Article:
Friday, February 27, 2009

Meet MCC Haiti!

It's about time we officially introduce the rest of the fabulous MCC team here. In early February the 12 of us in Port-Au-Prince went to Desarmes for our tri-yearly konbit ("collective") (which is less romantic than it sounds):
Above: the Peace Program staff (Port-Au-Prince), Reforestation and Environmental Education Programs staff (Desarmes) and support staff from both places

Left: Garly, Jean-Remy and Bryan make music while Guylene, Myriam and Francklin dance along. Garly has been our interim country rep, Jean-Remy heads up the reforestation program, and Bryan is the reforestation program's capacity coordinator. Guylene does conflict resolution training and trauma counseling for partners, Miriam is our new administrative assistant and Francklin is reforestation program staff.

From left to right: Garly, Joseph (accounting and admin), Fritzner (environmental education), Jean-Remy, Francklin, Michelet (also reforestation staff); and center: Kurt's hat. Kurt has been in a job similar to mine, but recently became our new and amazing country representive.

above left: Pancha (connecting peoples coordinator) getting in fully clothed!, Sharon (environmental education) and I take a dip in the river. above right: Kurt, Margot (seconded to the Micah Challenge), Bryan, Sharon, Melek (Desarmes admin), me, Myriam, Guylene and Francklin... all getting distracted?

* the couple with the baby in the team picture at the top are our advocacy folks, Josh and Marylynn Steckley. Their baby is Hayden Jwasiys Steckley. Nahomie and Frantzo (both in environmental education) are also missing.

Thursday, February 26, 2009

Writing a page

Recently quoted to us: Spend a week in Haiti and you can write a book. Spend a year in Haiti and you can't even write a page.

I'm not sure if it was actually "a week" and "a year", but you get the idea. Basically, the longer people are here, the less they feel they know and understand this complex country. You've probably noticed that we're posting on our blog less. This is partly because six months into our time here, I feel less and less like I have any ability to analyze Haitian life, culture, history and politics. That's not to say that I'm going to stop trying (and of course we can still tell you all about OUR life here), so don't give up on us yet!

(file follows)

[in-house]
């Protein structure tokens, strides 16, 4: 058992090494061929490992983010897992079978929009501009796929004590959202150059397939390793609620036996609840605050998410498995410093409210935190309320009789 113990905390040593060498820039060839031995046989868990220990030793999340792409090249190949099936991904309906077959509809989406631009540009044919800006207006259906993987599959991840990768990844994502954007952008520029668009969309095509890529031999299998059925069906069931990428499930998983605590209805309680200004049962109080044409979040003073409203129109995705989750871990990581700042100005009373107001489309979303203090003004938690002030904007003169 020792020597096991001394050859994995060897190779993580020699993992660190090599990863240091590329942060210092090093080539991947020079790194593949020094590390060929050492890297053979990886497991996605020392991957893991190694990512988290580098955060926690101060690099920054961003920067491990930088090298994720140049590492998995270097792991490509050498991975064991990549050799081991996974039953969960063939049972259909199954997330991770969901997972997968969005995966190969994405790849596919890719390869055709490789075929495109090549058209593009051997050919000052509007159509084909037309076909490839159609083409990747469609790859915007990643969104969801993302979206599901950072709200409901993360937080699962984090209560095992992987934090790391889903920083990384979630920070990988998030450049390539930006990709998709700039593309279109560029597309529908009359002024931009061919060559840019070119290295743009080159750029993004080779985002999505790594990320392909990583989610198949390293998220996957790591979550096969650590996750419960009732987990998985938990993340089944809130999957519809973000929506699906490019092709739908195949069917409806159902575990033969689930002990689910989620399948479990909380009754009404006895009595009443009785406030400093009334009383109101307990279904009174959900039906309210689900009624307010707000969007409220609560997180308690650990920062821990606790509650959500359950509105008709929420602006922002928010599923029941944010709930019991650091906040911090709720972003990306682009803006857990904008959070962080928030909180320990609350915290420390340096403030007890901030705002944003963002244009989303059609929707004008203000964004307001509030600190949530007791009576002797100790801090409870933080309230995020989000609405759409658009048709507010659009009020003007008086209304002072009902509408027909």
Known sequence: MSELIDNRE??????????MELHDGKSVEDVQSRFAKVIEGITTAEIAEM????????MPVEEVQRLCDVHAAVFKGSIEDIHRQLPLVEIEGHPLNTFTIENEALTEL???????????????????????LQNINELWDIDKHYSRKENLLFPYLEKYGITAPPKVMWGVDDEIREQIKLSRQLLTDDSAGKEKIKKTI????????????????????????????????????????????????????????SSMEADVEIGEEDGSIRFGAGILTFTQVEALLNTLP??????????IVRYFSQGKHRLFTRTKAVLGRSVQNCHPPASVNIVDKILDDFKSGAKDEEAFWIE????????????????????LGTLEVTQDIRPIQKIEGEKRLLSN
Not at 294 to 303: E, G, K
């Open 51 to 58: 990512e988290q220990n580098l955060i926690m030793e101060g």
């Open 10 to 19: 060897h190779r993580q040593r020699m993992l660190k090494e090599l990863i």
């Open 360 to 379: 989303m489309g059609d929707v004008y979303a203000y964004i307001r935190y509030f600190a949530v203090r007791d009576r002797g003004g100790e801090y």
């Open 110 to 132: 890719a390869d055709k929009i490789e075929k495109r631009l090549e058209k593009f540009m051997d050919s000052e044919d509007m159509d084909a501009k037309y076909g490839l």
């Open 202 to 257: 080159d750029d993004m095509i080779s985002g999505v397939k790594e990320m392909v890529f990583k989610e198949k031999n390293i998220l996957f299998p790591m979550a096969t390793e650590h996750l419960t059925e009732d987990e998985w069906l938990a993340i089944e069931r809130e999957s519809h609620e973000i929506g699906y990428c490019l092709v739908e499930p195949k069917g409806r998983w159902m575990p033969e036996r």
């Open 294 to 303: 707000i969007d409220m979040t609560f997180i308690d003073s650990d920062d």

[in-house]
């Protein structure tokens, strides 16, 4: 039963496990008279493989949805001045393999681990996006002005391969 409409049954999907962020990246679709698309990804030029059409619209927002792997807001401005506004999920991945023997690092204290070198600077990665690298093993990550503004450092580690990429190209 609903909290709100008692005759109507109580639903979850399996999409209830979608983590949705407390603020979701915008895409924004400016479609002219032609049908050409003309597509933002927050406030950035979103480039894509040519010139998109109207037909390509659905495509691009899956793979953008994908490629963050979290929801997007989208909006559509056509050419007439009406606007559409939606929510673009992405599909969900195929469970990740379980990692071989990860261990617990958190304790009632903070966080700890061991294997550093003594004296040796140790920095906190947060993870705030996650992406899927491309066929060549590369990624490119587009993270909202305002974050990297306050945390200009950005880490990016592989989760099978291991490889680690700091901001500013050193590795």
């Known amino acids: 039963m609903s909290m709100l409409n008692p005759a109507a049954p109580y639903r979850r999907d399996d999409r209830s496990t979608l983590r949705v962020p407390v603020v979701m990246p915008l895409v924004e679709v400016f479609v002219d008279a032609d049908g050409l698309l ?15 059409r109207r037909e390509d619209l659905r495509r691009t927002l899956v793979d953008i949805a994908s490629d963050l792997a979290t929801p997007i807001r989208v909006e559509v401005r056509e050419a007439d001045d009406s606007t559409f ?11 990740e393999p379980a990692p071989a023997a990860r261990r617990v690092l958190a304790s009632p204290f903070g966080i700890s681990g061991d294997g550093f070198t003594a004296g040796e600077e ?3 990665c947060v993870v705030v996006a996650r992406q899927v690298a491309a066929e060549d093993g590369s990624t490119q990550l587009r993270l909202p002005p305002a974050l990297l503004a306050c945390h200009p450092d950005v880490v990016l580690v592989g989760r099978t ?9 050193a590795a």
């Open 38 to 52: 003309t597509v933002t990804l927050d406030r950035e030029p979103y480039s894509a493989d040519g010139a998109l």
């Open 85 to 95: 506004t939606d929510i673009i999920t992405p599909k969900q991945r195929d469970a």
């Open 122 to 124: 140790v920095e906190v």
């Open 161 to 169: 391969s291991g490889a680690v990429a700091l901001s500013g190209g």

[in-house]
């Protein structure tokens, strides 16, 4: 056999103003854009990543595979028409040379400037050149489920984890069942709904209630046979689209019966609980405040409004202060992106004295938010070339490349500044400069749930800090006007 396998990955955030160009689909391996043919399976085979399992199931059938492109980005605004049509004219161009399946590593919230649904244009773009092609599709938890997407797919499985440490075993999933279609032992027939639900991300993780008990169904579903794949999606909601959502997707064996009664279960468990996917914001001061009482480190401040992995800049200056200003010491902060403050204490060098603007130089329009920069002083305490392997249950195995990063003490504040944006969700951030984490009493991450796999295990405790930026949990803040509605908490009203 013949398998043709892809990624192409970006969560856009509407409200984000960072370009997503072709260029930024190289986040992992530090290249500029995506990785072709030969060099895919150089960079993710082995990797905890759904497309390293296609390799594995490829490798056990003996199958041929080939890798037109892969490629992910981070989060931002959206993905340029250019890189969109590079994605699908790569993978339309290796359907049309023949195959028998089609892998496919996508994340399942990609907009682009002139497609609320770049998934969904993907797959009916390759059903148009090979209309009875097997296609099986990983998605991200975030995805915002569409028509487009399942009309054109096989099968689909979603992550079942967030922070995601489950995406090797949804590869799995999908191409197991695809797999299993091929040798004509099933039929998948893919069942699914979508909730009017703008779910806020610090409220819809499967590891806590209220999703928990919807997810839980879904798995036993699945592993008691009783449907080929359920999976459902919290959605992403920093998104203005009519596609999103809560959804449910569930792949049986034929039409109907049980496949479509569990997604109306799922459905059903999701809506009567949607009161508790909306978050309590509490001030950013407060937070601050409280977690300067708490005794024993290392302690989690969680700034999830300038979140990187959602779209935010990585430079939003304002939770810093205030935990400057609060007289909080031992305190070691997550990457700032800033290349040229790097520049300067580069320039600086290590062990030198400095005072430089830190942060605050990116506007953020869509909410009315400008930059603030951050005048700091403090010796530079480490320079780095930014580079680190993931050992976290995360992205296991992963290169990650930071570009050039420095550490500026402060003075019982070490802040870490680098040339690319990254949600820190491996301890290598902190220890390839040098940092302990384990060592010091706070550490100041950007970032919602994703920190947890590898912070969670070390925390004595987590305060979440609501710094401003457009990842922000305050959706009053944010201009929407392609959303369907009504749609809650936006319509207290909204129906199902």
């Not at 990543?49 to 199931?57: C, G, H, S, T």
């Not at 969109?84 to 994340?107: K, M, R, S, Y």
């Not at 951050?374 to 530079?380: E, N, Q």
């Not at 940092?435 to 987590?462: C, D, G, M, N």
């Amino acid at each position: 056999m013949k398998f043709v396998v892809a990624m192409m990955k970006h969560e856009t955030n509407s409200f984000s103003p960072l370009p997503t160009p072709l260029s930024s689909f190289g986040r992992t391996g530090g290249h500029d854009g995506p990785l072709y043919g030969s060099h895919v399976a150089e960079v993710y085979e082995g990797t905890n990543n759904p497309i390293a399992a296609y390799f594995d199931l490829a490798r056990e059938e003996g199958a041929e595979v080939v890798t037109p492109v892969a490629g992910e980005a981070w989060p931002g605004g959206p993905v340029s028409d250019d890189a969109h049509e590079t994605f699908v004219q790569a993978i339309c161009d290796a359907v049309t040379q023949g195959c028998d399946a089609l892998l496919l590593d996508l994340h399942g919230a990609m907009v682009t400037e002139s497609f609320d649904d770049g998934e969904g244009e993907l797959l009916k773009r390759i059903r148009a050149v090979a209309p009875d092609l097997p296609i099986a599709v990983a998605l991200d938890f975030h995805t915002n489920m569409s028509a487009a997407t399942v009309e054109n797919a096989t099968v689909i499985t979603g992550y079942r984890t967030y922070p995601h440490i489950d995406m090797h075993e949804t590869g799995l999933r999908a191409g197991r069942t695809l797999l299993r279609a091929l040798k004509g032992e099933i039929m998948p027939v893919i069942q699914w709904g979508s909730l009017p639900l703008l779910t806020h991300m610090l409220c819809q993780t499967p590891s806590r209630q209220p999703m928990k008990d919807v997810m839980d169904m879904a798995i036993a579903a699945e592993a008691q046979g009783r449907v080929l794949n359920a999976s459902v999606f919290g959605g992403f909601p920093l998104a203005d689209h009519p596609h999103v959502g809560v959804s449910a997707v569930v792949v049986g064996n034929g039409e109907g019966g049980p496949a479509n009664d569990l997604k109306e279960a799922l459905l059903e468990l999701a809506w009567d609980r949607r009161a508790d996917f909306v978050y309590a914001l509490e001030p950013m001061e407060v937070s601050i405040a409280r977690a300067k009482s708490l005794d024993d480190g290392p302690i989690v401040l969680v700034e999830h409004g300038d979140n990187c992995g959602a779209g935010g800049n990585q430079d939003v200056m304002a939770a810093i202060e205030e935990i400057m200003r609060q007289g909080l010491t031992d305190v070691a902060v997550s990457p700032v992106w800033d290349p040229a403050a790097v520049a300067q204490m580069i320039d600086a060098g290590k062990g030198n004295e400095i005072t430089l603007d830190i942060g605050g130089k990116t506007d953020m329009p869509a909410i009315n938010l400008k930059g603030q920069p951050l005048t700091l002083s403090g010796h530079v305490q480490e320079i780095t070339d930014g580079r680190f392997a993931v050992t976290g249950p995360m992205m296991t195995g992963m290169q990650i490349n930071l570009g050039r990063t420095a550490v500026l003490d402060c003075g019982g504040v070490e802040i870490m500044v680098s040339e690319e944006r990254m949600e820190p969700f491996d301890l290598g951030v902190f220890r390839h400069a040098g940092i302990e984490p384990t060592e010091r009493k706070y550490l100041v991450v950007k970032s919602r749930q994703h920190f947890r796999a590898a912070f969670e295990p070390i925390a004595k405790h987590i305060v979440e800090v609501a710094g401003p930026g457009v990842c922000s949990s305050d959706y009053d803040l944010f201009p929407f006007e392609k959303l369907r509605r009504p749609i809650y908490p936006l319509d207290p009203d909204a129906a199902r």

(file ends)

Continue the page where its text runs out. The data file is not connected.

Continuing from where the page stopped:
In the meantime, a brief update: a few days after an amazing Kanaval weekend in Jacmel (photos coming soon and I PROMISE they will tell you more about the event that I ever could), Ben left for North Carolina to visit his family. Two weeks is the longest that we've ever been apart and it hasn't been fun, but he's getting good family time in. Sadly, he missed out on 3 days of Kanaval (Haitian Mardi Gras) in Port-Au-Prince. Since our friend Rebecca, with whom I danced Sunday night away, has already done a great job of describing what it's about, you can check her blog for details and pictures. We managed to tickets from a friend of a friend to get on the T-Vice float. T-Vice is one of Haiti's most popular bands and we spent six hours in the parade, dancing with the largest crowds of people I have ever seen in my life.

Saturday, February 14, 2009

Thursday, February 12, 2009

Take Action to Cancel Haiti's Debt

Rep. Maxine Waters (D-CA), Rep. Spencer Bachus (R-AL), and Rep. Barney Frank (D-MA) have written a letter to World Bank President Robert Zoellick, urging him to suspend all further debt service payments from Haiti and grant the nation complete debt cancellation. Rep. Waters is asking her colleagues in the House of Representatives to join her by signing the letter. The more Representatives who sign on to the letter, the stronger the message to World Bank President Zoellick – cancel Haiti’s debt and allow the Haitian government to focus on the needs of its people.